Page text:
By Abdel-Jaouad Ouarraki
Blyth argues that Ideologies and ideas in general are important drivers of institutional change. He poses several hypotheses of which the first one is that “In periods of economic crisis, ideas (not institutions) reduce uncertainty”. Blyth argues that in periods of crisis, the existing institutions no longer provide for the right incentives to act in the interests of the actors, as crises are generally unexpected and the sources of crises unknown. Therefore, in times of crisis, Blyth argues, “agents cannot take institutions “off the shelf” to reduce uncertainty, as institutional supply would be random at best, and at worst impossible”. This is where ideas come in as they provide for a framework that makes it possible to interpret the situation at hand, as these ideas explain how the economy supposedly works and therefore provide for a basis on which to act upon.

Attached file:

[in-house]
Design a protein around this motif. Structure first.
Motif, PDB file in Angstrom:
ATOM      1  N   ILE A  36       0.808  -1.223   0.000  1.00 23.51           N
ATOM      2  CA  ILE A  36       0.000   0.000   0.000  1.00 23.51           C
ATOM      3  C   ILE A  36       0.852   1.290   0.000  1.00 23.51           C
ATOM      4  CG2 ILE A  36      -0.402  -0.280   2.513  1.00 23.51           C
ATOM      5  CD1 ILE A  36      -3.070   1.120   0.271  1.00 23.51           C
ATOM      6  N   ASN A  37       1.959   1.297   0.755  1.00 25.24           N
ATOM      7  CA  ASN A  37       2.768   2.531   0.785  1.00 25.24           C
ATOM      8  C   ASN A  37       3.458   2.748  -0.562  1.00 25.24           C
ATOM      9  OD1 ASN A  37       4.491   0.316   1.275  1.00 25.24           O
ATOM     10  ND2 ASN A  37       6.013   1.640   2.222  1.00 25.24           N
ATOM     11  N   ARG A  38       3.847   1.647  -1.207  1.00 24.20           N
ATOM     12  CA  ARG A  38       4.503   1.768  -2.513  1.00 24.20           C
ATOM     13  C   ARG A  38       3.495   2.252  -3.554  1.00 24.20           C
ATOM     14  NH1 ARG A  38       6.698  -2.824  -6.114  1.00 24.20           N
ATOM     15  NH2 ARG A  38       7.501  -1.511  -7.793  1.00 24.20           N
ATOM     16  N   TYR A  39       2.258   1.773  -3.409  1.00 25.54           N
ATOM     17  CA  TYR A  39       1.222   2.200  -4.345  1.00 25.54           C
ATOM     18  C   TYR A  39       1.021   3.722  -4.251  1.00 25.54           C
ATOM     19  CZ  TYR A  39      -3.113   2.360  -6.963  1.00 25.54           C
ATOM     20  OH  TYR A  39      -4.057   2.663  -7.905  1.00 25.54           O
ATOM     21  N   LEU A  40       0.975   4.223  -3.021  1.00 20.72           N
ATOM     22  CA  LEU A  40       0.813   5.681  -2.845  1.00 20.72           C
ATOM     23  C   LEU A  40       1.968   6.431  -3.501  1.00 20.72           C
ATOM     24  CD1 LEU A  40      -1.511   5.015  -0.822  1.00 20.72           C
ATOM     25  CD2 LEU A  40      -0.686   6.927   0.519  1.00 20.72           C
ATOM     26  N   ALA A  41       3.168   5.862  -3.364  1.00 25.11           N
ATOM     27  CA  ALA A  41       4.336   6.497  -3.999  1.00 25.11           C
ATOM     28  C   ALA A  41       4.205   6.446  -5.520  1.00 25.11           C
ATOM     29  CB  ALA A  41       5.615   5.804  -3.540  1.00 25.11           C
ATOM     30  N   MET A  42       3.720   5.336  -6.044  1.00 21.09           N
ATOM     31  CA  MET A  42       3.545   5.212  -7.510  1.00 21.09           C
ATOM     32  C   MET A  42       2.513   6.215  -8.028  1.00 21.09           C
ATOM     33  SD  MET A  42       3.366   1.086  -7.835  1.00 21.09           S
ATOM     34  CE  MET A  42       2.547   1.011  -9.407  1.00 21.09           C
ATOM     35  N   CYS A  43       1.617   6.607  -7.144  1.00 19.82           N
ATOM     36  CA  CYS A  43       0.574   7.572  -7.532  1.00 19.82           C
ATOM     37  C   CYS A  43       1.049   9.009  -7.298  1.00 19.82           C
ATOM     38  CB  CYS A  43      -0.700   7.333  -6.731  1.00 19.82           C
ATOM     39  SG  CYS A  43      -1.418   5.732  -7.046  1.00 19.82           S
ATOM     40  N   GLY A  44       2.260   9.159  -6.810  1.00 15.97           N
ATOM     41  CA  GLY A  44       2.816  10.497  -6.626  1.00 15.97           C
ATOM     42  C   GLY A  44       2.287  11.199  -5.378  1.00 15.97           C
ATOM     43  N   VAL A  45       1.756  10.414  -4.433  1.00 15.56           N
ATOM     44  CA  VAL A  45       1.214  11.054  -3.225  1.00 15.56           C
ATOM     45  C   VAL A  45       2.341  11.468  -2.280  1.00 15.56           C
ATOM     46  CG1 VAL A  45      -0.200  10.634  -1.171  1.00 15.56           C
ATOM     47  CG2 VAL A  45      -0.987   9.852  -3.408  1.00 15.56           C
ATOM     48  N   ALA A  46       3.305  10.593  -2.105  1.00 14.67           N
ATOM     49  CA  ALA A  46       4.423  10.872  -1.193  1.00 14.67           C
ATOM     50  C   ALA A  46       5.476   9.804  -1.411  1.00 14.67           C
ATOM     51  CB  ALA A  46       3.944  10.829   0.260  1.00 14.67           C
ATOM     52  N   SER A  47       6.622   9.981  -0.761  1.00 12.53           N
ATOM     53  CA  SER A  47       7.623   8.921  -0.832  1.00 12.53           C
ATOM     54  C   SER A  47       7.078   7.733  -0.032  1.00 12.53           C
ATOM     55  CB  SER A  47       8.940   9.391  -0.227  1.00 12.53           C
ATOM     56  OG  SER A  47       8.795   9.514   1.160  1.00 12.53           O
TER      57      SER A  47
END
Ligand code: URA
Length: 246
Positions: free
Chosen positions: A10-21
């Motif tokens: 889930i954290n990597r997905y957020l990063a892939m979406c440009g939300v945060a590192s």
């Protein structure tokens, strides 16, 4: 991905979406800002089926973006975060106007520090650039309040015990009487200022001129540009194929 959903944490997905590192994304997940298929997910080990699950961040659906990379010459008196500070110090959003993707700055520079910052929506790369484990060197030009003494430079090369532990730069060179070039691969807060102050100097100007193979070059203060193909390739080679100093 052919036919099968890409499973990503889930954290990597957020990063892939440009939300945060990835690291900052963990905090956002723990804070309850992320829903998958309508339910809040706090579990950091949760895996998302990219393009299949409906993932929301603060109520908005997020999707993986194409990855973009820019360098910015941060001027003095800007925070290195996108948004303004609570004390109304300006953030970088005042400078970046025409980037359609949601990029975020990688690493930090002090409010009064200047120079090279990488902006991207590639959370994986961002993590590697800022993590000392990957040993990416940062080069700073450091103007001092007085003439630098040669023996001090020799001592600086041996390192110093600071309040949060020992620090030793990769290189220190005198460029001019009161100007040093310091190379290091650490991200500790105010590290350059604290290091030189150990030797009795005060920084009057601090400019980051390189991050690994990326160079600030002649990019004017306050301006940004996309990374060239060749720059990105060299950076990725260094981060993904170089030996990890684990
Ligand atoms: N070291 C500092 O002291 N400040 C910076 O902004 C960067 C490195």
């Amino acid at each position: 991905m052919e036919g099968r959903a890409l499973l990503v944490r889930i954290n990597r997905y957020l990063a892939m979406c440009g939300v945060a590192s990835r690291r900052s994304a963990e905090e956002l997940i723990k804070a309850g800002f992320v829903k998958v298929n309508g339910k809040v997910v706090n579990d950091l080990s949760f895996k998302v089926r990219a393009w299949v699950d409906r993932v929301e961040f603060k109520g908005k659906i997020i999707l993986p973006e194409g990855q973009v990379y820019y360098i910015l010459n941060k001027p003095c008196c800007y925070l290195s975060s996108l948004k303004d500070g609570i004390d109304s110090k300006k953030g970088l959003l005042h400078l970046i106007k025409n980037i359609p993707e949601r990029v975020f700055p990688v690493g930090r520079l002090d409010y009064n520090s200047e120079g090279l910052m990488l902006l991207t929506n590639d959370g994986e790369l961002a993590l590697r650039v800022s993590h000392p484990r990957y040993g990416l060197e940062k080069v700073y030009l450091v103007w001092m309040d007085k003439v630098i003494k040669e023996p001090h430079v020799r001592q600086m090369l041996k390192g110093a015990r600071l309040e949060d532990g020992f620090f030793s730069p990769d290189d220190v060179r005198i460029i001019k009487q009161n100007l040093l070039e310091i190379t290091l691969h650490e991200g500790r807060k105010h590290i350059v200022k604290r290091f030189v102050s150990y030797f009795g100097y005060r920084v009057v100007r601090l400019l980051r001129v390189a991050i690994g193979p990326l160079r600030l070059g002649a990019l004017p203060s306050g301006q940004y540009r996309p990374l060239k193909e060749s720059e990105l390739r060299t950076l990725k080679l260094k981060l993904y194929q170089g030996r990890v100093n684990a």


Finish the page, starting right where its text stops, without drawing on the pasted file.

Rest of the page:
The financial crisis of 2008 is a textbook example of a crisis that was anticipated by few, and properly understood by arguably even less people. To make sense of the financial crisis two narratives emerged. On the one hand, we have the “socialists” arguing that the banks were given free space to gamble and hence stricter regulations imposed by governments are the institutional solution to the crisis in the long term. On the other hand we have the “capitalists” who argue that the crisis is caused by “profligate governments” that bought votes with welfare spending.
Hence, one side argues for increased government regulations, while the other side argues for less government involvement in the economy. The two ideologies make a different assessment of the same crisis and the institutions that would emerge from either one of these assessments are radically different. Nonetheless, both of these narratives reduce the uncertainty of what to do as the existing institutions simply did not provide for the right incentives to prevent the financial crisis from happening.